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Astoria looks to collect on former Riverwalk Inn operator’s debt

Fallout from lawsuit against Port
By Katie Frankowicz

The Daily Astorian

Published on January 23, 2018 8:18AM

Last changed on January 23, 2018 8:57AM

Brad Smithart, the former operator of the Astoria Riverwalk Inn and the Arc Arcade, owes money to the city.

Alex Pajunas/The Daily Astorian

Brad Smithart, the former operator of the Astoria Riverwalk Inn and the Arc Arcade, owes money to the city.

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Astoria is trying to collect back lodging taxes and other debts from the former operator of the Astoria Riverwalk Inn.

City Attorney Blair Henningsgaard has sought garnishment from Param Hotel Corp., a Portland hotelier that was awarded the lease of the Riverwalk Inn through a court judgment against the Port of Astoria last year and hopes to take over operation of the hotel in November.

The hotel’s previous operator, Brad Smithart, who also owned the now closed Arc Arcade downtown, owes thousands of dollars to the Port, the city and Clatsop County — debts Param has promised to pay off. As part of past negotiations with the Port, Param will have to pay Smithart as well.

Astoria hopes to garnish what Smithart owes the city from this debt. The city could make back some of the money by then selling the debt, Henningsgaard said.

“We’re looking at a way to be able to be made whole essentially, to include all the fines and interests that are owed the city,” City Manager Brett Estes said.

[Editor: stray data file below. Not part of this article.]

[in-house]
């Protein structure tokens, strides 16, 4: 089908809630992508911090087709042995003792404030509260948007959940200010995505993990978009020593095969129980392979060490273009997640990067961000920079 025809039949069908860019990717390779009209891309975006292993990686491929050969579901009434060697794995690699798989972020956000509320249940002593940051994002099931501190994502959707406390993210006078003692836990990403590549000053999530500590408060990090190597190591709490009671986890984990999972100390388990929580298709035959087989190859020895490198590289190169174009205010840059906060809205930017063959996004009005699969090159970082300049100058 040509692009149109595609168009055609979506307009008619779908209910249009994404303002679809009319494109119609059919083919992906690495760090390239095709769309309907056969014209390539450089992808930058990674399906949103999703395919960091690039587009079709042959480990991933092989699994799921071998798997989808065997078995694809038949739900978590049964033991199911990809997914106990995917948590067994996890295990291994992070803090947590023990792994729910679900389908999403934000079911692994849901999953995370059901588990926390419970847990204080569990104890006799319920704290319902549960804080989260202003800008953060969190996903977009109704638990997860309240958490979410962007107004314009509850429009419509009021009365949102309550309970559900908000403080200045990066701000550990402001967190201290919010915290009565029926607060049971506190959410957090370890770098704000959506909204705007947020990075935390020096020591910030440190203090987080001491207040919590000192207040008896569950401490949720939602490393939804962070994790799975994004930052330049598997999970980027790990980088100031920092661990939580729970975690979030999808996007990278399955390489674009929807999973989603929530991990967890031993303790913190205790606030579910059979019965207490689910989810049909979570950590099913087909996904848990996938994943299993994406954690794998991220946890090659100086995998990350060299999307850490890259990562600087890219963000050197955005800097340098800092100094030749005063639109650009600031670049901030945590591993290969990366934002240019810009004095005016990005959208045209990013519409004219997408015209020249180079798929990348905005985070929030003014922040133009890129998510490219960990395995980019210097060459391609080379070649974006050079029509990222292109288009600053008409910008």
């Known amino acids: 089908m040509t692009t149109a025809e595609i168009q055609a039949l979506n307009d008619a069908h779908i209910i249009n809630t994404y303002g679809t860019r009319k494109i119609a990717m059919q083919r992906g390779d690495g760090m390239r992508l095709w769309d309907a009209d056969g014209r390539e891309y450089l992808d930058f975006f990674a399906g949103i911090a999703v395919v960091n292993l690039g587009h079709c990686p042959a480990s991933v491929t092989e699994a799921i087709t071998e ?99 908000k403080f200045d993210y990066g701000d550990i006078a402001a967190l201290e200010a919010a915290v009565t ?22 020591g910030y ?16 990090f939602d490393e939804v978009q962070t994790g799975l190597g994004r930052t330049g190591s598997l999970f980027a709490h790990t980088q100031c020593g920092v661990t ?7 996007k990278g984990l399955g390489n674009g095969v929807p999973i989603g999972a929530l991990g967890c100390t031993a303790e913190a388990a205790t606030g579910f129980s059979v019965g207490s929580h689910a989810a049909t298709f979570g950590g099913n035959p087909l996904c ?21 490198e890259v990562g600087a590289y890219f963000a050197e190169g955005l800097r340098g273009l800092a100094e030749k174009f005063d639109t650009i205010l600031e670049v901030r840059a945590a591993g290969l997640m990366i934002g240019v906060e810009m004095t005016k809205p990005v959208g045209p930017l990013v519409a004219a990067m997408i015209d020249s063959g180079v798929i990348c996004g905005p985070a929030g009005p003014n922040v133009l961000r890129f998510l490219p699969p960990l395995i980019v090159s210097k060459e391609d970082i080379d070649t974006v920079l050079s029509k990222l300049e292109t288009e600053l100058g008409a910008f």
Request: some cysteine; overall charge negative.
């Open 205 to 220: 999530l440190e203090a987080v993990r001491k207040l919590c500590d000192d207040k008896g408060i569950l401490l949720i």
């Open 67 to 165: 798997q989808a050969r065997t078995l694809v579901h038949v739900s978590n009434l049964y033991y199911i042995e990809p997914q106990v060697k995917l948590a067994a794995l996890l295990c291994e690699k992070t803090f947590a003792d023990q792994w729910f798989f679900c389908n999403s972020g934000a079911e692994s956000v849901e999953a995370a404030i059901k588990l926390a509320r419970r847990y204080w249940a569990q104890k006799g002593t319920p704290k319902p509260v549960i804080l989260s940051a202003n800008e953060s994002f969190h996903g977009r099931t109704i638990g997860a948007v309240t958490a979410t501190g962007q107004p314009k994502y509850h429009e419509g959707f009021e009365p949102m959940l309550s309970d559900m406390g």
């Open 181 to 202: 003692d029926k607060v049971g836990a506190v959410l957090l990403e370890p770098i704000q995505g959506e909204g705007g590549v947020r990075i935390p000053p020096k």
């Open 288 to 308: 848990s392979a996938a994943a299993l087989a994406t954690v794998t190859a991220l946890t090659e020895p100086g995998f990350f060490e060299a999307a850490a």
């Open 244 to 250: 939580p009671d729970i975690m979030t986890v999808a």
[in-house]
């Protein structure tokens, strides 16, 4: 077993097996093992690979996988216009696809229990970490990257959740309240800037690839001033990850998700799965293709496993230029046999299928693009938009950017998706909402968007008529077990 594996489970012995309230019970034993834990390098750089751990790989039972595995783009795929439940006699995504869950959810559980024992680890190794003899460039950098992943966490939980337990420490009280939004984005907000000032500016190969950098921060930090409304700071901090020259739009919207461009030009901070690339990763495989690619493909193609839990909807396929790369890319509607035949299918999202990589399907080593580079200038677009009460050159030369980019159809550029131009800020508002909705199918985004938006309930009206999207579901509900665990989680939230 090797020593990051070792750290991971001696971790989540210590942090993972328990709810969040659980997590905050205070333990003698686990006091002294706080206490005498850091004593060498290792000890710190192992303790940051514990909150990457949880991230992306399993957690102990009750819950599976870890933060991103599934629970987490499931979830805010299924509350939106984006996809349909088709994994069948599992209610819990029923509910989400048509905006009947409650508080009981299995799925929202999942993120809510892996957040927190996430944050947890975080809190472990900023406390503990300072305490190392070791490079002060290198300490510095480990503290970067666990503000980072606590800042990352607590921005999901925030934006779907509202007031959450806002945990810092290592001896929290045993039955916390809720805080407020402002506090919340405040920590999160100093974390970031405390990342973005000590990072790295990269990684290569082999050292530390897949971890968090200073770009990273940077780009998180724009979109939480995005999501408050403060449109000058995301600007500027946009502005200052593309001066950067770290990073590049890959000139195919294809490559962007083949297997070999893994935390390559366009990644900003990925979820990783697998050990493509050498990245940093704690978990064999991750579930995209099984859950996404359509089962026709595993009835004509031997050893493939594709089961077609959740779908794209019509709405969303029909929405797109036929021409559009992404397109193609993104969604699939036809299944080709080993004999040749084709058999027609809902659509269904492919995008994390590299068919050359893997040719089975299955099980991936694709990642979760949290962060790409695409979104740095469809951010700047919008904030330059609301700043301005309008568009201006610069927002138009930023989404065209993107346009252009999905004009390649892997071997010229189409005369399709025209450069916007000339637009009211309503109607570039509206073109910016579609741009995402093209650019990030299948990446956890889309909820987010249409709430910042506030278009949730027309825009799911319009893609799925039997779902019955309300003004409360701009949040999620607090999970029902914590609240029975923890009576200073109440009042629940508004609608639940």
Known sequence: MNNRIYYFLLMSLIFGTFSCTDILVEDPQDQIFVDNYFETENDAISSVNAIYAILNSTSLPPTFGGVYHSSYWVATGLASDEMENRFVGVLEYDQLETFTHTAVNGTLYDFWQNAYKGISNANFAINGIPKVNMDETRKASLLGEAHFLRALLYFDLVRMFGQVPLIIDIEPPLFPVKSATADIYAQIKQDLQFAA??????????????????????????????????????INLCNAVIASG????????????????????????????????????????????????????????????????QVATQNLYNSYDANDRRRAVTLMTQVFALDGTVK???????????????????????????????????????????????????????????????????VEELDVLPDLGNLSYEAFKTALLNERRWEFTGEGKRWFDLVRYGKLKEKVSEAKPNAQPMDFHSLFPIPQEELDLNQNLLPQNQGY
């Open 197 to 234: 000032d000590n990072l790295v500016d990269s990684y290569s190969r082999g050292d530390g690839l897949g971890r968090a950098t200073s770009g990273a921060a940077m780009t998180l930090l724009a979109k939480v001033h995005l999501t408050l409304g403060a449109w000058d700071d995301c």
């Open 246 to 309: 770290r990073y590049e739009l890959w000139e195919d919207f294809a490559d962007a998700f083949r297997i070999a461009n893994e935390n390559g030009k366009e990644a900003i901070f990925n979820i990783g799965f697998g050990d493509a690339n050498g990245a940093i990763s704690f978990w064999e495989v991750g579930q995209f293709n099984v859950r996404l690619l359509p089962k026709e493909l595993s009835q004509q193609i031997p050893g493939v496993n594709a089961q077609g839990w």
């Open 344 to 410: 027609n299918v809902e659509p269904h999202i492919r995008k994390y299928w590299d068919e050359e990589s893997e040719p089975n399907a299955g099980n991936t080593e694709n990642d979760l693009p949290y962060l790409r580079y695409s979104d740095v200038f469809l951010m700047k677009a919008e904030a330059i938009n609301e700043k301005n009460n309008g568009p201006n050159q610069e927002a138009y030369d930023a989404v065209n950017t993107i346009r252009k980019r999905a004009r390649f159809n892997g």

In his filing, Henningsgaard claims that $139,195, representing attorney fees and other debts plus interest, is subject to garnishment by the city.

Param’s lawyer responded that Smithart’s debt will not become due until the Port actually delivers possession of the hotel. This transfer isn’t set to take place until November and is not guaranteed.

The Port, which owns the hotel, has appealed the court judgment. If the Port asks for a stay of the judgment until the appeals process wraps up, nothing would be due to Astoria or others looking to collect on past debts until that process is resolved.

“It is also possible that the Court of Appeals would reverse or vacate the Circuit Court’s judgment, in which case no payment would be due at all,” Param’s response to Henningsgaard states.

Param argues that the judgment against the Port obligates the hotelier to pay Astoria only $115,585, the amount Smithart owed the city as of July 2015 for water and sewer charges and lodging taxes.

While the Smithart case — with its tangled chain of ownership and leases — is an anomaly for the city, Astoria has had trouble collecting money owed by hoteliers in the past. In response, city leaders beefed up a city ordinance and can now audit lodging establishments that fall behind on payments.

“I think at this point we’re current with everybody except the Smithart debt,” Estes said.

It is important that the city collect what is owed, Henningsgaard emphasized. “It’s not fair to allow one hotel to collect (lodging tax money) from its occupants and then not pay it over to the city,” he said.

Smithart could not be reached for comment.

In 2016, the Astoria City Council pursued a judgment against Smithart for nearly $120,000 of debt. The city had previously established a payment plan with Smithart, but he quickly fell behind on the payments.



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